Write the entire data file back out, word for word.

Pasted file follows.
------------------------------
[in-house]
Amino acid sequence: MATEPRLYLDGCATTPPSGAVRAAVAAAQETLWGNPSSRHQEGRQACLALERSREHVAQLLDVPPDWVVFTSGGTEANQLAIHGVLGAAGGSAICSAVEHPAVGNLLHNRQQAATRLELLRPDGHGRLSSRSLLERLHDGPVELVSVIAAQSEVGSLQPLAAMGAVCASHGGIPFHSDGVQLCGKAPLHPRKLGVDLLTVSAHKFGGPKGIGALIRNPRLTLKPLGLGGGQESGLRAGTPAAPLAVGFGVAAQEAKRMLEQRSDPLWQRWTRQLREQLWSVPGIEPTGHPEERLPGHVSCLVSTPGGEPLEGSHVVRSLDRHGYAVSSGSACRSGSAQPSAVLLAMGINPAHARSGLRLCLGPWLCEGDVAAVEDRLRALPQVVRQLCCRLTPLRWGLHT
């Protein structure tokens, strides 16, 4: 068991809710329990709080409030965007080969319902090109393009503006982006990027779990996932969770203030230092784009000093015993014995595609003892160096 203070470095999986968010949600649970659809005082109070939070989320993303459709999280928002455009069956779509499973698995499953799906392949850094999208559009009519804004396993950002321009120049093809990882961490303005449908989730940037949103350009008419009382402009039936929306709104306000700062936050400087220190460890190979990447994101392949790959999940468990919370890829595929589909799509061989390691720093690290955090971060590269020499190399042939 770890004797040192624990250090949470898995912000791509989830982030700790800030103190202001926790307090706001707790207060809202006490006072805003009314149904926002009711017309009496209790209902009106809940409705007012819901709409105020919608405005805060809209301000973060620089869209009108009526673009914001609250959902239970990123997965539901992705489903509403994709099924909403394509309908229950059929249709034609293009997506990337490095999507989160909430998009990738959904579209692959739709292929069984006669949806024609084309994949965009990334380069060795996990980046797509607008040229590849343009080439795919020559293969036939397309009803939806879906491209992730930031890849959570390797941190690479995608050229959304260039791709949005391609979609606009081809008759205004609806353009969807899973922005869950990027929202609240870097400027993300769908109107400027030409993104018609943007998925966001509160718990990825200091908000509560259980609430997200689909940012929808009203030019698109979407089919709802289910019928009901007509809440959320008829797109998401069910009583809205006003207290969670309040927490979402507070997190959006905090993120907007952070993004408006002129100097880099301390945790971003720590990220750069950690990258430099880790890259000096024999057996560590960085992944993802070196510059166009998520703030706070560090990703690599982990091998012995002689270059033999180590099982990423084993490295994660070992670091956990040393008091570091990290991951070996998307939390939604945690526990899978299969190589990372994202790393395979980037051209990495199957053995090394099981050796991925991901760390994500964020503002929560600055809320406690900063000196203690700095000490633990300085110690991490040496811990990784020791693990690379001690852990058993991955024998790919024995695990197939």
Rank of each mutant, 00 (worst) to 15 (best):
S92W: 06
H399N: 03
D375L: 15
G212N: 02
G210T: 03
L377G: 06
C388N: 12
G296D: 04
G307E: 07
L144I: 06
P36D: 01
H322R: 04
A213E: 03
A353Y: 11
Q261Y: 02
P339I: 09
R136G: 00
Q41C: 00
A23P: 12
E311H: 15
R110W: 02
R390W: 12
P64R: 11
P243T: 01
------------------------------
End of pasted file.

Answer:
[in-house]
Amino acid sequence: MATEPRLYLDGCATTPPSGAVRAAVAAAQETLWGNPSSRHQEGRQACLALERSREHVAQLLDVPPDWVVFTSGGTEANQLAIHGVLGAAGGSAICSAVEHPAVGNLLHNRQQAATRLELLRPDGHGRLSSRSLLERLHDGPVELVSVIAAQSEVGSLQPLAAMGAVCASHGGIPFHSDGVQLCGKAPLHPRKLGVDLLTVSAHKFGGPKGIGALIRNPRLTLKPLGLGGGQESGLRAGTPAAPLAVGFGVAAQEAKRMLEQRSDPLWQRWTRQLREQLWSVPGIEPTGHPEERLPGHVSCLVSTPGGEPLEGSHVVRSLDRHGYAVSSGSACRSGSAQPSAVLLAMGINPAHARSGLRLCLGPWLCEGDVAAVEDRLRALPQVVRQLCCRLTPLRWGLHT
């Protein structure tokens, strides 16, 4: 068991809710329990709080409030965007080969319902090109393009503006982006990027779990996932969770203030230092784009000093015993014995595609003892160096 203070470095999986968010949600649970659809005082109070939070989320993303459709999280928002455009069956779509499973698995499953799906392949850094999208559009009519804004396993950002321009120049093809990882961490303005449908989730940037949103350009008419009382402009039936929306709104306000700062936050400087220190460890190979990447994101392949790959999940468990919370890829595929589909799509061989390691720093690290955090971060590269020499190399042939 770890004797040192624990250090949470898995912000791509989830982030700790800030103190202001926790307090706001707790207060809202006490006072805003009314149904926002009711017309009496209790209902009106809940409705007012819901709409105020919608405005805060809209301000973060620089869209009108009526673009914001609250959902239970990123997965539901992705489903509403994709099924909403394509309908229950059929249709034609293009997506990337490095999507989160909430998009990738959904579209692959739709292929069984006669949806024609084309994949965009990334380069060795996990980046797509607008040229590849343009080439795919020559293969036939397309009803939806879906491209992730930031890849959570390797941190690479995608050229959304260039791709949005391609979609606009081809008759205004609806353009969807899973922005869950990027929202609240870097400027993300769908109107400027030409993104018609943007998925966001509160718990990825200091908000509560259980609430997200689909940012929808009203030019698109979407089919709802289910019928009901007509809440959320008829797109998401069910009583809205006003207290969670309040927490979402507070997190959006905090993120907007952070993004408006002129100097880099301390945790971003720590990220750069950690990258430099880790890259000096024999057996560590960085992944993802070196510059166009998520703030706070560090990703690599982990091998012995002689270059033999180590099982990423084993490295994660070992670091956990040393008091570091990290991951070996998307939390939604945690526990899978299969190589990372994202790393395979980037051209990495199957053995090394099981050796991925991901760390994500964020503002929560600055809320406690900063000196203690700095000490633990300085110690991490040496811990990784020791693990690379001690852990058993991955024998790919024995695990197939």
Rank of each mutant, 00 (worst) to 15 (best):
S92W: 06
H399N: 03
D375L: 15
G212N: 02
G210T: 03
L377G: 06
C388N: 12
G296D: 04
G307E: 07
L144I: 06
P36D: 01
H322R: 04
A213E: 03
A353Y: 11
Q261Y: 02
P339I: 09
R136G: 00
Q41C: 00
A23P: 12
E311H: 15
R110W: 02
R390W: 12
P64R: 11
P243T: 01